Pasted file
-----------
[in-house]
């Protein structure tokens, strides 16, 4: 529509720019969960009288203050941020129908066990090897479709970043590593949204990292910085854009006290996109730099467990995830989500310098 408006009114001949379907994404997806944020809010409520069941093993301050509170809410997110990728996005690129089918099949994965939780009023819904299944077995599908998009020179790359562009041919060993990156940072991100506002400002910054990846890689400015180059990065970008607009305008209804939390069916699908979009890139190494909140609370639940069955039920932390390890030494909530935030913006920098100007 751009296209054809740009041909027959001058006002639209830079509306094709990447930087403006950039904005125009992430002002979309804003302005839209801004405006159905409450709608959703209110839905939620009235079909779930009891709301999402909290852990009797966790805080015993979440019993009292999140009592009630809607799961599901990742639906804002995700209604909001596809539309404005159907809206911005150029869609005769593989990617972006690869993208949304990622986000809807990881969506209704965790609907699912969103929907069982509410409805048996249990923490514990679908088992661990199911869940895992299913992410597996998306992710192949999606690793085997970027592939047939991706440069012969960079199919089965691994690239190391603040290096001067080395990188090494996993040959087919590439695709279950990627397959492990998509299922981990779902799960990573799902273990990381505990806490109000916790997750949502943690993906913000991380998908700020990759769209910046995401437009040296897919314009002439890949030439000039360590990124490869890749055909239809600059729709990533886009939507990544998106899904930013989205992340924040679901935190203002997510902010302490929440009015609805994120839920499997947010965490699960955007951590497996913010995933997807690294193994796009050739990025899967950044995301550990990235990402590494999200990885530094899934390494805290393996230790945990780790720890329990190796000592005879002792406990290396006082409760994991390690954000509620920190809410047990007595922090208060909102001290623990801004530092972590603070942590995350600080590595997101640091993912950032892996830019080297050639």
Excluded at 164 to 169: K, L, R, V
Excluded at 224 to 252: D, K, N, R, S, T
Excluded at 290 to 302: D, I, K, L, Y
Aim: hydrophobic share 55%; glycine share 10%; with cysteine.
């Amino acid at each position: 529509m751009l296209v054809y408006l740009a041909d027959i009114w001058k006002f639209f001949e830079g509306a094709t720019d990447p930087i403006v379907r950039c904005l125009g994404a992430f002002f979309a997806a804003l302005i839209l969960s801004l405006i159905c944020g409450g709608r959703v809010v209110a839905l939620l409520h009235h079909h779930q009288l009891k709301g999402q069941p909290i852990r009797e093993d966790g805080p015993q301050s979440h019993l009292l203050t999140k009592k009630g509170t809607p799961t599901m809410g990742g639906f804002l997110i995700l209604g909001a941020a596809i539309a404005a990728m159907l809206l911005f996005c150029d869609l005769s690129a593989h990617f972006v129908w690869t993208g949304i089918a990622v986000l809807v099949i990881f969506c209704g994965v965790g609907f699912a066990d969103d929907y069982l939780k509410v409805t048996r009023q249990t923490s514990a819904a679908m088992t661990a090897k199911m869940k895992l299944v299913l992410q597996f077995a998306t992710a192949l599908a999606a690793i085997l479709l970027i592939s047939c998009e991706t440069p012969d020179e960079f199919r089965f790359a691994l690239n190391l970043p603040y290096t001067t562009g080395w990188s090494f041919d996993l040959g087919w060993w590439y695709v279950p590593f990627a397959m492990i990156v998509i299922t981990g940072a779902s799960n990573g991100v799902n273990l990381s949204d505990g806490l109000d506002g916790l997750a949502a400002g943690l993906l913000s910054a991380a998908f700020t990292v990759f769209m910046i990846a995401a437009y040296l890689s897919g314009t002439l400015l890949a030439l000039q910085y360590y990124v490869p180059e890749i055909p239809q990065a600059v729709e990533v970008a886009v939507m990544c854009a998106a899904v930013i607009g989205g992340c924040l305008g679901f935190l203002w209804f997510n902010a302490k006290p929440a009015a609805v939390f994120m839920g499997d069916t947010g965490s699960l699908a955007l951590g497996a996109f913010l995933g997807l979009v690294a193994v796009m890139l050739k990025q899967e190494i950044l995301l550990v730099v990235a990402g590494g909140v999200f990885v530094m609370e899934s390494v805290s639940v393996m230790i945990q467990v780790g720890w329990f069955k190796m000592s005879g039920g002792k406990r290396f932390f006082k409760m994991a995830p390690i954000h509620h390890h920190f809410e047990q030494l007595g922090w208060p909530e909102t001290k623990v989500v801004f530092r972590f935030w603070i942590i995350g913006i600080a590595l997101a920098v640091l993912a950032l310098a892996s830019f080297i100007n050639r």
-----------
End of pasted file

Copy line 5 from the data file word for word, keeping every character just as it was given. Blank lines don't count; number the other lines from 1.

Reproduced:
Excluded at 290 to 302: D, I, K, L, Y